• Privacy. If you want to understand how public your estate information can be if you don’t plan properly, look up the probate records for celebrities like Prince and Aretha Franklin, who died without wills or trusts. The probate process not only lists all your tangible property, it also tells everyone — including scam artists — who your beneficiaries are and what they’re receiving.
  • Controls on distributions. You can set terms and conditions on the assets you leave behind, protecting your loved ones from anyone who might mismanage the money — even themselves.
  • Continuity of ownership. A trust offers stability for businesses and real estate investments. Reduce your death’s impact on operations by creating a management structure now.

Once you decide to use a trust for wealth transfer, you must choose one or more trustees. They should be impartial and understand their fiduciary duties. Ideally, trustees should not be beneficiaries.

In some cases, you might want to name co-trustees. One might be an individual — a trusted friend or advisor — while the other might be a corporate trustee, such as a bank. The institution brings stability and experience in interpreting trust documents and complying with rules. The individual brings a human perspective, exercising discretion in line with the decedent’s wishes. For example, an individual trustee might approve an early distribution to an heir who has demonstrated fiscal responsibility.

Provide Opportunities for Generations to Come

Planning your transfer of wealth can be complicated, but it has a tremendous upside. A good plan lets benefits accrue while you’re around to enjoy them, and provides comfort that you’ve done your best to carry your legacy forward. Talk to your estate planning advisor to learn more about how a customized wealth transfer plan can benefit you and your family.


Considerations in Transferring Real Estate

Real estate requires special handling to ensure it transfers smoothly to recipients. Consider these issues:

  • Valuation of minority shares. IRS rules allow discounts when valuing minority interests in closely held businesses and real estate investments. Your beneficiary may inherit 40 percent of a real estate partnership worth $1 million, for example. But because the interest doesn’t represent control of the business and there’s no ready market through which it can be converted into cash, the actual value of the investment should be significantly less than $400,000.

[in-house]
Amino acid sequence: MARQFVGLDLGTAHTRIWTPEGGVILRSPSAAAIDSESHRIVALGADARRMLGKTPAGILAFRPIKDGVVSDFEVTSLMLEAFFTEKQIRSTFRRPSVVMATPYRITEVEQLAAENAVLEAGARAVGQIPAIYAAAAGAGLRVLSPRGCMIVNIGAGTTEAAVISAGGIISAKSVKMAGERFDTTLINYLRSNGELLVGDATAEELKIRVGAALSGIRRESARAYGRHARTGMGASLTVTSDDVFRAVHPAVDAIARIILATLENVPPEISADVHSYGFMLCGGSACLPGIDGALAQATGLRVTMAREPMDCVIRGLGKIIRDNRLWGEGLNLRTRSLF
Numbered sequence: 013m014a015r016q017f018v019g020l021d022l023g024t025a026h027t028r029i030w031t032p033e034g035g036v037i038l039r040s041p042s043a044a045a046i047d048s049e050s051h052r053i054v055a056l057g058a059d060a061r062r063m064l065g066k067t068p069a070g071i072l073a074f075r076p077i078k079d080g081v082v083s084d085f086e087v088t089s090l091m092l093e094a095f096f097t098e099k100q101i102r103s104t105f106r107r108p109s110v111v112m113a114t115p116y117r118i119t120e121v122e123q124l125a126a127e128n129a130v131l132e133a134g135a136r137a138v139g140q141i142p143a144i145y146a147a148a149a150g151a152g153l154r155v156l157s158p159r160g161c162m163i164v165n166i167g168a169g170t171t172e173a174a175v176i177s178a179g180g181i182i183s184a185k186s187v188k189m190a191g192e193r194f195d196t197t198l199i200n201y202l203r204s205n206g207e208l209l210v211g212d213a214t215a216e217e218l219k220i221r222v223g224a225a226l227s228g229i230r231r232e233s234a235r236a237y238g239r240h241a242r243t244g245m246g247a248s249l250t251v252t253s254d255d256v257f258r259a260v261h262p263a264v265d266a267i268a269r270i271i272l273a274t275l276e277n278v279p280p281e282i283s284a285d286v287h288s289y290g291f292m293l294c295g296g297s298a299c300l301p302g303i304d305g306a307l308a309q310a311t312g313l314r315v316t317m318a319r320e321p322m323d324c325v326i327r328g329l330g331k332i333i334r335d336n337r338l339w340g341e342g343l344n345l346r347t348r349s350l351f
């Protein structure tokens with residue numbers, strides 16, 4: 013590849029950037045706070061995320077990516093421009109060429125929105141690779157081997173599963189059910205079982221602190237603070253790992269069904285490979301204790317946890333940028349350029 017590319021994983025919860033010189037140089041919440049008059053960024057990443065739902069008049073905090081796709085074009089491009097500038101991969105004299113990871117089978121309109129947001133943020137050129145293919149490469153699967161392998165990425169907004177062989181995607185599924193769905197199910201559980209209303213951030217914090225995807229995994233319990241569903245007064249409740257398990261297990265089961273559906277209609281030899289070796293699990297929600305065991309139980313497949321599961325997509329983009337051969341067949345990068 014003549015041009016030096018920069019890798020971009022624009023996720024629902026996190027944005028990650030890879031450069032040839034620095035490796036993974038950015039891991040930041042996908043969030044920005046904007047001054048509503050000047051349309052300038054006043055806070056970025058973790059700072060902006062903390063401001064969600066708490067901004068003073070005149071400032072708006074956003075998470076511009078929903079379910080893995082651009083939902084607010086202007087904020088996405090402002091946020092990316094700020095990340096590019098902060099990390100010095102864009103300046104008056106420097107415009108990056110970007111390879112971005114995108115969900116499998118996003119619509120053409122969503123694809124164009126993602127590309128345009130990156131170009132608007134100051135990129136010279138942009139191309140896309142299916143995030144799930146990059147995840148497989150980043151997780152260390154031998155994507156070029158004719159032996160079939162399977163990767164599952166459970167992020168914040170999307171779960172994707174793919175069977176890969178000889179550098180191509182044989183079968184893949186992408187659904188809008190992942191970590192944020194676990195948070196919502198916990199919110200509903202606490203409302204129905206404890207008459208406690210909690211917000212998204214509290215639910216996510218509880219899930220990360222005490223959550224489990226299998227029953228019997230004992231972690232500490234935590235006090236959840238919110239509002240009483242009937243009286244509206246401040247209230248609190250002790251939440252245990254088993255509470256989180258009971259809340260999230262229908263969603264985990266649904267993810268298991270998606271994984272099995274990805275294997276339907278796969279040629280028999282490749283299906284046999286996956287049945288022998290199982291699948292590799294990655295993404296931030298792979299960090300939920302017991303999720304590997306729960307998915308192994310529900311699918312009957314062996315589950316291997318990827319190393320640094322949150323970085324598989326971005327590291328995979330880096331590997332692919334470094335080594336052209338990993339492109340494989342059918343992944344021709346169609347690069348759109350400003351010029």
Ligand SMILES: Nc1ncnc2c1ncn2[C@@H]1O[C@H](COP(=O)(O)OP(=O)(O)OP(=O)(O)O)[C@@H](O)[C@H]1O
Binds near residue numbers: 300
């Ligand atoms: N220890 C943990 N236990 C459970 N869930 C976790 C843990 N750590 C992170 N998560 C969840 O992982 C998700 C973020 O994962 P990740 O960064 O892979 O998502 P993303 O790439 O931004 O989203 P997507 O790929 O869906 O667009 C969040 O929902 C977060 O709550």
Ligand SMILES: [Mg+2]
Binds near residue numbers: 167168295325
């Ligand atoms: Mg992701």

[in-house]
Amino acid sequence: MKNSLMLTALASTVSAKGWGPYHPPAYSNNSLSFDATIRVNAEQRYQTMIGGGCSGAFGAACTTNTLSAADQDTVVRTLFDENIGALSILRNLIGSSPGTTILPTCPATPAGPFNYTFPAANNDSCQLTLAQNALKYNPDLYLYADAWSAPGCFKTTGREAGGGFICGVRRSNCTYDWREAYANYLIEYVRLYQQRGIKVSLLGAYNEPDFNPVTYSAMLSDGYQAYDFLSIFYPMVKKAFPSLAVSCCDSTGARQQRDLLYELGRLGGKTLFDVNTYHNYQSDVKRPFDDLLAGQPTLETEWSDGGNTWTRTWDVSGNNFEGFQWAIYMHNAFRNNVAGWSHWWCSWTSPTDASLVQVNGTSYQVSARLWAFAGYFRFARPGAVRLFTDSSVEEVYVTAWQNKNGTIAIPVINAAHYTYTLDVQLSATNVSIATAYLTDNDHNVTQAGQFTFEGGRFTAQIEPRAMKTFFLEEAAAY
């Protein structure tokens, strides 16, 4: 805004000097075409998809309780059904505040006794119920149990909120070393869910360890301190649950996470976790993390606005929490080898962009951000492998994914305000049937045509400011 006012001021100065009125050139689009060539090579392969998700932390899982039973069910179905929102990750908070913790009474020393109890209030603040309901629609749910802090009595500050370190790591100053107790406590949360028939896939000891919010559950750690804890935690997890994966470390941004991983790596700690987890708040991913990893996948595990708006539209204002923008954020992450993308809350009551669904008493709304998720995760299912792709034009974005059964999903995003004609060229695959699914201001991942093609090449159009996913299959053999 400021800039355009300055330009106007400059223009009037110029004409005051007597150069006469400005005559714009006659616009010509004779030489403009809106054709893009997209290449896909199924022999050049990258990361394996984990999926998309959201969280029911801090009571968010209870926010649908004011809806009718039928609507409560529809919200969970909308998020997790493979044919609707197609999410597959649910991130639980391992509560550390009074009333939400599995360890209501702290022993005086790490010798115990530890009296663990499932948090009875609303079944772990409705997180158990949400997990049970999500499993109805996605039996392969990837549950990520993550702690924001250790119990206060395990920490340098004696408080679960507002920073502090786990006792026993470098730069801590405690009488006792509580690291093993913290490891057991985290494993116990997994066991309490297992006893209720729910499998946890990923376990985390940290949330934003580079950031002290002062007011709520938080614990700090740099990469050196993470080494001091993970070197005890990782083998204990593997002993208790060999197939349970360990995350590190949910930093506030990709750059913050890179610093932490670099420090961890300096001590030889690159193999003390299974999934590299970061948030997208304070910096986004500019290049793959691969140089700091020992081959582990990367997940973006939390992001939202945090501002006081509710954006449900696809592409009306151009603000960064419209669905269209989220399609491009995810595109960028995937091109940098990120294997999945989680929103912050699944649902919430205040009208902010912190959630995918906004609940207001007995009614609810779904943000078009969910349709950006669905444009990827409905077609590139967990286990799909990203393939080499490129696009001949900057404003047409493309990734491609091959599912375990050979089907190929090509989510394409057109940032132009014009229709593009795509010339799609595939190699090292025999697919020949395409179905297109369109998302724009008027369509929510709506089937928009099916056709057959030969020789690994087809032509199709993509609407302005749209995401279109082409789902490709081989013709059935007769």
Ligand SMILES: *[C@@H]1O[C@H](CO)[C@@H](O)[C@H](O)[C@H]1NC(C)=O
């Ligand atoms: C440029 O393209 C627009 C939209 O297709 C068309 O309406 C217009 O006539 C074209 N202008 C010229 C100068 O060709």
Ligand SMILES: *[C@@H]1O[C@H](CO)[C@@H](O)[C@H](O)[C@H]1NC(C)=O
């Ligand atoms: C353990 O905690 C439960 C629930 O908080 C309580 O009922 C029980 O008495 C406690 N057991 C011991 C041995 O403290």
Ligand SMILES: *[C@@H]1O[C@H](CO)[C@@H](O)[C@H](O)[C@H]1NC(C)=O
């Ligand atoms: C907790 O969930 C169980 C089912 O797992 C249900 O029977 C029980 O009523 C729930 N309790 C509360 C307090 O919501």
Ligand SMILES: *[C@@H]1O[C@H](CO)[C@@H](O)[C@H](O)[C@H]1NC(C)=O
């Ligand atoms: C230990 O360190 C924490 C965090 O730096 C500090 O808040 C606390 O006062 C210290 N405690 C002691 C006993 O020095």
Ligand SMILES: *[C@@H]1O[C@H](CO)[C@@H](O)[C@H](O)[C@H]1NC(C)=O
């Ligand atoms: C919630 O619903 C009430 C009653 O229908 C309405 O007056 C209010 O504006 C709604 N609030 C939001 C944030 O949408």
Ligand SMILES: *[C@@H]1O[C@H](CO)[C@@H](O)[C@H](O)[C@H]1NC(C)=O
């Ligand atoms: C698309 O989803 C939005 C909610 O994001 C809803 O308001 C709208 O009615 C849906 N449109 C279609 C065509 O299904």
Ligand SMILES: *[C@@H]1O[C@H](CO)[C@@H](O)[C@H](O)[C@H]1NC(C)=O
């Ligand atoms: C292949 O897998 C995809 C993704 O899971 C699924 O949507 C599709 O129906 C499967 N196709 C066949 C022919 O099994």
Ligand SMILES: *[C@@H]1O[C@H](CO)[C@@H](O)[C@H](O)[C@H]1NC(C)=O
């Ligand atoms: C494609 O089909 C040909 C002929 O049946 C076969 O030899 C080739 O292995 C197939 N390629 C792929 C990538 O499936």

• Passion for real estate. A successful real estate portfolio depends on a committed and enthusiastic leader. Are any of your children ready for that role? If so, nurture their interest and position them to step up when you’re gone. But otherwise, don’t force anyone into a position that’s not a good fit.
  • Institutional support. Many banks and other financial institutions are better positioned to support more-traditional investments like stocks and bonds, rather than real estate. If your beneficiaries aren’t prepared to manage real estate, consider converting those assets to traditional investments during your lifetime.
  • Property tax reassessment. Even if the real estate is held in a trust or LLC, a change of ownership of 50 percent or greater might trigger a reassessment of property taxes in certain municipalities. This tax effect can be mitigated through lifetime transfers.
  • Estate tax deferral. In what amounts to a low-interest loan from the government, a provision of tax law allows heirs of a closely held business (including real estate) to defer the portion of the estate tax that is generated by that business. This election is taken upon filing the estate tax return.